So far, 2022 has been a stressful, surreal year. Don’t take my word for it, though — listen to Billie Eilish‘s two new singles, appropriately bundled under the name “Guitar Songs.” She released them with little notice, a fittingly understated surprise for a dread-filled world. The songs have a sorrowful atmosphere that surrounds the listener in the same muted tones as the album cover, all dull grays behind a blur of faded pinks.
In “Guitar Songs,” Eilish’s voice floats over the guitar chords, her most stripped-down music yet. It’s both signature Billie Eilish and something new altogether. Sometimes her vocal cords reveal a rough edge more present on her earlier albums, but mostly her voice is as soft as a sigh. She’s abandoned the danceable intrigue and heavy bass of her award-winning “When We All Fall Asleep, Where Do We Go?” Even her subdued follow-up album, “Happier Than Ever,” had more playfulness and backing music than the simple guitar. However, none of this suggests that “Guitar Songs” is lacking. Eilish’s latest direction feels careful, personal and thoughtful.
Together, the subdued tracks on “Guitar Songs” feel like two halves of a whole. The first song, “TV,” functions as a reaction to the surrounding world, both personal and national. The second, “The 30th,” meditates entirely on a single incident. Despite (or perhaps because of) their different scopes, both deliver an incredible sense of catharsis.
In “TV,” Eilish lethargically strings together a series of events and feelings, connecting to both a relationship and world events. She paints pictures with pop culture, like putting “on Survivor just to watch somebody suffer” and then “sinking in the sofa while they all betray each other.” The cultural touchstone creates a visceral contrast — the hot sand and backstabbing, the soft cushions and breakdown. You can feel yourself sinking into her words the way she settles into the sofa, despondent and unable to get up.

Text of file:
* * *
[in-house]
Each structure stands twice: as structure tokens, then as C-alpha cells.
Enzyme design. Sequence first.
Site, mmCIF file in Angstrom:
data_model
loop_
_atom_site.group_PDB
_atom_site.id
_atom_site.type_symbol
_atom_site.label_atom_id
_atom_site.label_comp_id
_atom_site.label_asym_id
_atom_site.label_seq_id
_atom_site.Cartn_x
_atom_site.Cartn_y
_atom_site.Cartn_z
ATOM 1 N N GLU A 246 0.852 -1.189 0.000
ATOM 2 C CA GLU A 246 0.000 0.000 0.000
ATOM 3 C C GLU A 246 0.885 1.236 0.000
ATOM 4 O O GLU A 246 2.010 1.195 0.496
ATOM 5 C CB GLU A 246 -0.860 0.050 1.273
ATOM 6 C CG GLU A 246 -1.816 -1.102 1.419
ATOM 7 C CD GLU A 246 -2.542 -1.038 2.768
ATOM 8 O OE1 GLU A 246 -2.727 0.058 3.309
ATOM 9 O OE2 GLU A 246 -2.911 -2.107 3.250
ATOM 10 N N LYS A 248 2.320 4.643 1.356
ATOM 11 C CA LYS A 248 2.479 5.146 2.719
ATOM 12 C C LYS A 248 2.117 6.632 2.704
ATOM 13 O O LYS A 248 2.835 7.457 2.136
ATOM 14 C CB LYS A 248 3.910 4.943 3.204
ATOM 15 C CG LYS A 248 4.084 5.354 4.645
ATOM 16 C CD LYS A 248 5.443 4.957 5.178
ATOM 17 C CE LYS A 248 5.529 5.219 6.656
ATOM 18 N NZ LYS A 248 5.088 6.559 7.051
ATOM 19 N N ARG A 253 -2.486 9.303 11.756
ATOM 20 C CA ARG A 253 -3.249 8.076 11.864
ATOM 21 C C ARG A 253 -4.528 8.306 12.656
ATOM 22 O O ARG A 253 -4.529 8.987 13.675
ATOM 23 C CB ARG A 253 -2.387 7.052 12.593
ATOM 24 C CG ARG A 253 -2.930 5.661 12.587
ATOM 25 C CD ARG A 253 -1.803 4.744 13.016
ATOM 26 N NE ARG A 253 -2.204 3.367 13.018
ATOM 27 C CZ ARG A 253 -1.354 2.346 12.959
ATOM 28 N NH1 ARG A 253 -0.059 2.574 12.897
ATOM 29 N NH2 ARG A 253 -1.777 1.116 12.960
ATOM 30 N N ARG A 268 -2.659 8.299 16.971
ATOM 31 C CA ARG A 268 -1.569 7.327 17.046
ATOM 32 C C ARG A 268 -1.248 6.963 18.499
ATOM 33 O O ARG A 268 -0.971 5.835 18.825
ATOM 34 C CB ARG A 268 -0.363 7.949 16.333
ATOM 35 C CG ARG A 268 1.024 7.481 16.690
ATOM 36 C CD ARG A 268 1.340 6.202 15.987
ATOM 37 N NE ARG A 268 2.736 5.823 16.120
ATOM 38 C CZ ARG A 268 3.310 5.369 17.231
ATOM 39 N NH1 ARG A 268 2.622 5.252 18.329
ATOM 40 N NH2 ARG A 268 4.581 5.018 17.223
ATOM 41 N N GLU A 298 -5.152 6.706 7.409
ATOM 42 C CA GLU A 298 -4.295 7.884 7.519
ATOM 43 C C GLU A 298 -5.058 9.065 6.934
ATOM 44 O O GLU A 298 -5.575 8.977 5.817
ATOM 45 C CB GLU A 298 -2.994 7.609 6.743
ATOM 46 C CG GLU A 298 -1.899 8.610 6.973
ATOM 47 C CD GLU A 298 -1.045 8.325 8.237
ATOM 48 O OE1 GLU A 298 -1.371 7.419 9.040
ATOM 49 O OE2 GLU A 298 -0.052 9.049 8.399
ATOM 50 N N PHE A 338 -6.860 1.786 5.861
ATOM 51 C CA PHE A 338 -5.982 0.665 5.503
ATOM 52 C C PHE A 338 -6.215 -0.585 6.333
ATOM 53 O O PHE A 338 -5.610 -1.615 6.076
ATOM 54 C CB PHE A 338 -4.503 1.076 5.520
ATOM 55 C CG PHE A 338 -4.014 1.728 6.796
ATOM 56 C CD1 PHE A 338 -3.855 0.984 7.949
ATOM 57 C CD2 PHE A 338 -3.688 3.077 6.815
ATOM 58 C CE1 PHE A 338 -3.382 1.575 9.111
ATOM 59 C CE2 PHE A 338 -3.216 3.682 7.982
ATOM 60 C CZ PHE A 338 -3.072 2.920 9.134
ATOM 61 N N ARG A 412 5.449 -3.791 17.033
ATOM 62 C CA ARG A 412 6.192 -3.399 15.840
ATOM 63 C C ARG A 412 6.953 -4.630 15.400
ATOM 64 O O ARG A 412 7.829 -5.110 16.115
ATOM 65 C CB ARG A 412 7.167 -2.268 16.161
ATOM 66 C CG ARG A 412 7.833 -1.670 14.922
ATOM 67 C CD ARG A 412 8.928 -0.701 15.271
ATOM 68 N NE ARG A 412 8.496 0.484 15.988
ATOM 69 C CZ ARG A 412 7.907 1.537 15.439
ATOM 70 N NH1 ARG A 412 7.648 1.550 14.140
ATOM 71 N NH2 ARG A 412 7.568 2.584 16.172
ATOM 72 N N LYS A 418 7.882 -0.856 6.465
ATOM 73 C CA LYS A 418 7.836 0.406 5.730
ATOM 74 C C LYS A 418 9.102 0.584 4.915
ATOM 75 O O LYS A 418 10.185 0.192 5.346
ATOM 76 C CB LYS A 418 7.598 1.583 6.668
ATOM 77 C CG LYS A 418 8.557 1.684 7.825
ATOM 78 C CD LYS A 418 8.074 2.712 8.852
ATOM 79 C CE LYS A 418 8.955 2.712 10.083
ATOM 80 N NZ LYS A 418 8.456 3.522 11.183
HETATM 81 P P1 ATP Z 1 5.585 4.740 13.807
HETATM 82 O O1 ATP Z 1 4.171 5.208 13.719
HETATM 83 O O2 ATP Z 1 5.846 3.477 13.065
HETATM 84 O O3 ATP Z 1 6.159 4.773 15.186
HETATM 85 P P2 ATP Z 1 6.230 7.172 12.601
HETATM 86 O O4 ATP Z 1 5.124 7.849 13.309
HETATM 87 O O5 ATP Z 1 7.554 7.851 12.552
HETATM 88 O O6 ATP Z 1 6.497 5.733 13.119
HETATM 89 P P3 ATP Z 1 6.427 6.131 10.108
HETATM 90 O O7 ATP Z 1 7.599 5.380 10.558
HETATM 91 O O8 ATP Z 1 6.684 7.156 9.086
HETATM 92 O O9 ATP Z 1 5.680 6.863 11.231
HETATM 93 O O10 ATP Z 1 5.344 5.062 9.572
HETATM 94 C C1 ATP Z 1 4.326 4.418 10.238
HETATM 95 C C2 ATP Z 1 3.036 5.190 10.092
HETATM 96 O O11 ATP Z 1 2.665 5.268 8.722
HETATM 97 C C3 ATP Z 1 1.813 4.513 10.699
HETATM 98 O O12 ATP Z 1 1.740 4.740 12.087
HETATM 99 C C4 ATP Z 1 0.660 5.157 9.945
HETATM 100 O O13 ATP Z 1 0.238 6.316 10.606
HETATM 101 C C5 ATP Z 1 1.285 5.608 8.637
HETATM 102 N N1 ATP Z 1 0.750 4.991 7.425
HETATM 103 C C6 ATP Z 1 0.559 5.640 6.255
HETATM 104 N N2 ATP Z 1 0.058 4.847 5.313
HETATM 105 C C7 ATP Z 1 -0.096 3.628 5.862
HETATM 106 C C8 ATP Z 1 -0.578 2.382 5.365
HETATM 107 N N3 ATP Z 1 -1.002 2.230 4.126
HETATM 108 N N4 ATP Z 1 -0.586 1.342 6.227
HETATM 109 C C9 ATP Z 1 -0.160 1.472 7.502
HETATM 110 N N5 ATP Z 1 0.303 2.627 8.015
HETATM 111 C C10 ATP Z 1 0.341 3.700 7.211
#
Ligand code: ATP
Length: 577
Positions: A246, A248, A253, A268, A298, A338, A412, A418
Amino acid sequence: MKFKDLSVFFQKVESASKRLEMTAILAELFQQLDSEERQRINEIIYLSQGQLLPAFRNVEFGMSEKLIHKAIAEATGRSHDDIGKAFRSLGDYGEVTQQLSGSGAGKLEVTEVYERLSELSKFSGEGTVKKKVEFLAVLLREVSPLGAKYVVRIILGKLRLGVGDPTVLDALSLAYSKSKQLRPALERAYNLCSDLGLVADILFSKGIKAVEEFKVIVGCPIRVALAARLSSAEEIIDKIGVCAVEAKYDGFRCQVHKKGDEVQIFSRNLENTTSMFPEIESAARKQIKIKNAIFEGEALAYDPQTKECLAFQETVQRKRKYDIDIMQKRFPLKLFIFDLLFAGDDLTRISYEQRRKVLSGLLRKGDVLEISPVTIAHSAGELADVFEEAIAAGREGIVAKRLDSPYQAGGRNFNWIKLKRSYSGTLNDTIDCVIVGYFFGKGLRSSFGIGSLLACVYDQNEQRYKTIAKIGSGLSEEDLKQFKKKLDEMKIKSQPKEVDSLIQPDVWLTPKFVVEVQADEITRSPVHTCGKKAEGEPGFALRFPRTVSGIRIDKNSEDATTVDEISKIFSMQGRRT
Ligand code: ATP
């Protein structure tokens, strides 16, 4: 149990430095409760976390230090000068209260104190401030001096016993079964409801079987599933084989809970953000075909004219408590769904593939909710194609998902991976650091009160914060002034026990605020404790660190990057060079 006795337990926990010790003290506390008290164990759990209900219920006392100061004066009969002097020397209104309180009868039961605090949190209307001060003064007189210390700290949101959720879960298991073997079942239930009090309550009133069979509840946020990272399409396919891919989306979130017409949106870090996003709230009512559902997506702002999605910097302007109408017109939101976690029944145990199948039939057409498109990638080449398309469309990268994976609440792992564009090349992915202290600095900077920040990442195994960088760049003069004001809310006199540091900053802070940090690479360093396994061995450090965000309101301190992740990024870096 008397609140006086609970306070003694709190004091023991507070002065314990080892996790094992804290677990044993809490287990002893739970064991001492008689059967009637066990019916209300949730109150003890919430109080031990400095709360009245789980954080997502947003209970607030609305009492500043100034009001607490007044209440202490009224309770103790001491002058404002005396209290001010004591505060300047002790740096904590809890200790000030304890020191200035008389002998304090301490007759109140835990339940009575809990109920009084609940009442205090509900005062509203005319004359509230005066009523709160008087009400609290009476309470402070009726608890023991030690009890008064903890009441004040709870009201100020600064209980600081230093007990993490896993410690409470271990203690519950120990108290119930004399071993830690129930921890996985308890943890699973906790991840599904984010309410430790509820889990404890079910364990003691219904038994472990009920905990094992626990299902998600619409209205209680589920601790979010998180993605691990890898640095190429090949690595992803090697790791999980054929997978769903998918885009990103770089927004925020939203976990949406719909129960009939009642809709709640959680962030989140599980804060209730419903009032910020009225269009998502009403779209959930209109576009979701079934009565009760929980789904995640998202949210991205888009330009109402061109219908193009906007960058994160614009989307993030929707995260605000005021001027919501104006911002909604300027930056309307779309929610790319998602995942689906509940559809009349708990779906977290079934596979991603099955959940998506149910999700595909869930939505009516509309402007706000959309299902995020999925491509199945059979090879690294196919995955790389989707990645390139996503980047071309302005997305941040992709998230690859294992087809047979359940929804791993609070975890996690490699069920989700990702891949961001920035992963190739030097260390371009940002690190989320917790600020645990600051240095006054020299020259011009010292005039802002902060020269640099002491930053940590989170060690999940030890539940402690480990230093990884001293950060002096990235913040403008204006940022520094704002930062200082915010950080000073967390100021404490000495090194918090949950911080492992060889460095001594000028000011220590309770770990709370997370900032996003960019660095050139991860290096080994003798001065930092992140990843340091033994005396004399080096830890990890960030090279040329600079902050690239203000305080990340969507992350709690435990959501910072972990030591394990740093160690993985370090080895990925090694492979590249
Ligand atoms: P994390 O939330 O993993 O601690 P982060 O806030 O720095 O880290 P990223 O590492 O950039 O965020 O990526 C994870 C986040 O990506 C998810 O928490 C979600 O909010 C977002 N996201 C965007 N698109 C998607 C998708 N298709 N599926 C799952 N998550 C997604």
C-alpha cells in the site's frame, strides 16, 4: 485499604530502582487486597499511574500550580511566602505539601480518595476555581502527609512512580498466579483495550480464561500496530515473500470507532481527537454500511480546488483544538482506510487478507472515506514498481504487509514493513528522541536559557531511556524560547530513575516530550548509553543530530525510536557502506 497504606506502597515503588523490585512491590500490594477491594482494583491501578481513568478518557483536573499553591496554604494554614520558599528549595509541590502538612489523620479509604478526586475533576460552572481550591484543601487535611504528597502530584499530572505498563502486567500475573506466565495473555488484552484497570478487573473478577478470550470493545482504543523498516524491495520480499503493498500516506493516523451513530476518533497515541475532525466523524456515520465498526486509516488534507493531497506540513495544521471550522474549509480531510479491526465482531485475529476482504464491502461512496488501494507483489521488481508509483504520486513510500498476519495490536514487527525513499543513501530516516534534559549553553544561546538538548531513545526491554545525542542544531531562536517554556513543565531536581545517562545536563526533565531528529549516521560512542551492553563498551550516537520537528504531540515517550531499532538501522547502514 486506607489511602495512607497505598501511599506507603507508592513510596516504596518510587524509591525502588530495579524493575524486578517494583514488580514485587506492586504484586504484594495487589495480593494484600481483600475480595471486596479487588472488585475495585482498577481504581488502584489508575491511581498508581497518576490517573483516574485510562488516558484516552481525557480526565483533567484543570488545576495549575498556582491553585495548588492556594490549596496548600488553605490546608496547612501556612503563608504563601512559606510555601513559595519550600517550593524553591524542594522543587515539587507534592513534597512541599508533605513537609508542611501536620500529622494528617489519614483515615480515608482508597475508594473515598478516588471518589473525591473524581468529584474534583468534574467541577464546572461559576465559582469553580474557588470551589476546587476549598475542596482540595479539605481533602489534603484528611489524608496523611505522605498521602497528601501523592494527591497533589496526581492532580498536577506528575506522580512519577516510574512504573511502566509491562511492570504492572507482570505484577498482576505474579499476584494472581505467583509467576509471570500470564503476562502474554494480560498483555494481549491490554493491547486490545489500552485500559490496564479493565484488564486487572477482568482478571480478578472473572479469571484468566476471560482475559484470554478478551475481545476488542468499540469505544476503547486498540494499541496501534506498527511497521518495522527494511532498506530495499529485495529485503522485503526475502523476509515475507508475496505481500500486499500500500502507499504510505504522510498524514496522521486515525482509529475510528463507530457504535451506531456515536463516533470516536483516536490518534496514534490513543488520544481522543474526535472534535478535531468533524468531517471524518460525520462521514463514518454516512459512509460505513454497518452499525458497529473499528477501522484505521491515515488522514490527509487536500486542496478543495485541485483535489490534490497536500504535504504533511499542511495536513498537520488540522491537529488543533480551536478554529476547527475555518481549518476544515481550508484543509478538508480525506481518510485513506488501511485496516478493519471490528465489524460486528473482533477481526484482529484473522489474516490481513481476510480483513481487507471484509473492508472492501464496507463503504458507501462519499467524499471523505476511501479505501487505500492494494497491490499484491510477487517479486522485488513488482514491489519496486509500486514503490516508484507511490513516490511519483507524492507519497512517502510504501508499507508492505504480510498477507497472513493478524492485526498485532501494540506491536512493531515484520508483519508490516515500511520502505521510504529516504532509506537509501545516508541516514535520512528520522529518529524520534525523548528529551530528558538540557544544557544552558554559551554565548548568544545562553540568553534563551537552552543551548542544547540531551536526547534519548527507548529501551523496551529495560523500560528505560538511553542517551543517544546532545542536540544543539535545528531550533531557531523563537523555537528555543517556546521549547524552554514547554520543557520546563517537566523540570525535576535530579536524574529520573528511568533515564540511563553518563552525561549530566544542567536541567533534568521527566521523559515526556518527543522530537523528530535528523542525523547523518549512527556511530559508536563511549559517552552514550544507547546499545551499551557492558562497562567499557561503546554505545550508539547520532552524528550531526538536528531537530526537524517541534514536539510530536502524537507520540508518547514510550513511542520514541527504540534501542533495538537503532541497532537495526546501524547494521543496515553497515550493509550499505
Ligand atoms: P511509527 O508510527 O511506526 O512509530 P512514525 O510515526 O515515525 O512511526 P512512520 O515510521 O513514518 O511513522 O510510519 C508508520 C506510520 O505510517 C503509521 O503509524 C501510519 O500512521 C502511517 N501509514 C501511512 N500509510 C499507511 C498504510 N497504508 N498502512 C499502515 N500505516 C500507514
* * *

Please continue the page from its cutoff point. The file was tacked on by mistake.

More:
With a slow discomfort, Eilish sings troubled lines about a relationship. Either in or out of character, the singer feels tempted to starve herself “just because you’re mad at me” and abandons her friends because “That’s what happens when you fall in love.” She sounds sorrowful and doubtful, trying to convince herself it’s okay. The sentiment is relatable to her Gen Z peers. Friends leave as soon as they’re caught up in a high-maintenance relationship. But other ideas, like starving and drowning, showcase an unhealthy relationship with body image and self-harm.
Real-world events lend atmosphere to her music just as much. Appropriately for a song titled “TV,” she leans into the spectacle of cable news. Her push for the song’s quick release allows her to discuss issues relevant today instead of months ago. With the pair of lines “The internet’s gone wild watching movie stars on trial / While they’re overturning Roe v. Wade,” she languidly illustrates the tendency to pick spectacle over substance. A vulturous following defined Depp v. Heard, the infamous celebrity trial. It’s an interesting choice not to name the case in her lyrics, one that subtly refocuses attention on the more significant overturning of Roe v. Wade.
Both the trial and the overturning of Roe v. Wade have dire implications for the women caught in the crosshairs, one ushering in the demise of #MeToo and the other signifying the death of abortion rights. Yet pop culture gives the former more attention while reducing the trial to a narrative that degraded Amber Heard (and her supporters) and worshipped Johnny Depp. You’d be forgiven for thinking Depp had just been nominated for sainthood. It reminds me of how the draft opinion of Roe v. Wade leaked during the 2022 Met Gala. What could be more dystopian, more “Hunger Games,” more perfectly contrived than that? A literal gala and the decay of society. Depending on what news I looked at, fancy dresses might get more attention than the loss of human rights. Eilish deftly captures the despair I felt at the contrast.